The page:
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The STEM Gap: Girls and Women in STEM

Posted by EiE Team on Thursday, December 10, 2020

As part of our commitment to increasing diversity in STEM, we’re examining representation of female students in STEM education and career fields. Looking at retention and advancement rates for women and girls in various specialized fields and degree paths, we’ve seen some areas for improvement as well as some amazing strides toward equity in science, technology engineering and math.

On Access and Representation: 

In the United States, women make up more than half the population and nearly 55% of all college students, but there are gender gaps in what studies and careers they pursue - especially in STEM. 

Across all racial/ethnic groups, female students earned the majority of certificates, associate’s degrees, and bachelor’s degrees. The health and medical sciences (with 84%), education (72%), and social sciences (63%) each had a greater share of women completing degrees in the field than the humanities, while engineering (19%) and business and management (47%) had substantially smaller shares. (American Academy of Arts & Sciences, 2015)

 

Why it Matters: 

In all engineering and computer occupations, the median earnings of females are less than those of males. The size of the gap varies by discipline, with female mechanical engineers having the smallest earnings cap (95% of male median earnings) while women in other fields are receiving only 86% to 94% of the median earnings of their male colleagues. (Society of Women Engineers, 2020)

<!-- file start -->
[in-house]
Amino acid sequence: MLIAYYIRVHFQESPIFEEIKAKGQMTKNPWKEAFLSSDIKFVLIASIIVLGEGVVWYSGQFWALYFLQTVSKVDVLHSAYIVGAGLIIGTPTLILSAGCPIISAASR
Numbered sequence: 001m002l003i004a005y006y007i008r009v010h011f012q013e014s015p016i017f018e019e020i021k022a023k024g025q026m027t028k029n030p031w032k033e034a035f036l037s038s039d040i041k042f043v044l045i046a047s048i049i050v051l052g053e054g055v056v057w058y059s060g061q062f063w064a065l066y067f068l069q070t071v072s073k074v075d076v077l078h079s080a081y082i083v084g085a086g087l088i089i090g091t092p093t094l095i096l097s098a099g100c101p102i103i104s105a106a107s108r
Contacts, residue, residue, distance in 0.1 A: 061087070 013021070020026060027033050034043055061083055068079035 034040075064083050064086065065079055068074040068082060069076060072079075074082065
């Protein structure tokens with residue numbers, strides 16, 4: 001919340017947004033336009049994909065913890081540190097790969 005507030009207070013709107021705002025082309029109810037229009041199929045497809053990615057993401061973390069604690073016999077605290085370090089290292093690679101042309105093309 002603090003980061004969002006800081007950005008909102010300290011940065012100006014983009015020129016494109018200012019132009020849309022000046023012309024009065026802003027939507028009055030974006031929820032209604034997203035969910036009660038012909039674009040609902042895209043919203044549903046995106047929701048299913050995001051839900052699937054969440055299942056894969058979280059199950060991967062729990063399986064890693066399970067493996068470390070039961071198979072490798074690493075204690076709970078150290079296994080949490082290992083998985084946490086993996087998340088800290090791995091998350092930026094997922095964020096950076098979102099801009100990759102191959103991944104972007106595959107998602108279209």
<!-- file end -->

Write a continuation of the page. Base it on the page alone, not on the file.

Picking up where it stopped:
Female computing aspirants have lower STEM confidence than males who aspire to computing and females who aspire to non-computing STEM careers. (Student Research Foundation, 2020)

Women account for the majority of healthcare practitioners and technicians but are underrepresented in several other STEM occupational clusters, particularly in computer jobs and engineering. (Pew Social Trends, 2018) 

 

The Bright Side:

Over the last ten years, interest in majoring in engineering and computer science has increased among female students, from 4.4% pursuing an engineering or CS degree in 2009 to 7.1% in 2019 (Society of Women Engineers, 2020)

From 2013 to 2018, there has been a 65% Increase in bachelor's degrees awarded to women in engineering and computer science. (Society of Women Engineers, 2020) 

 

We’d love to hear from you about how you engage with issues of representation and professional retention in your classroom and in your workplace. Read our recent blog posts about Native American, Indigenous and Latinx Representation, LGBTQIA+ professional development resources and keep your eye out for more deep dives into diversity in STEM! 

Written by EiE Team

Topics: Engineering for All, Create a Generation of Problem Solvers, Computer Science

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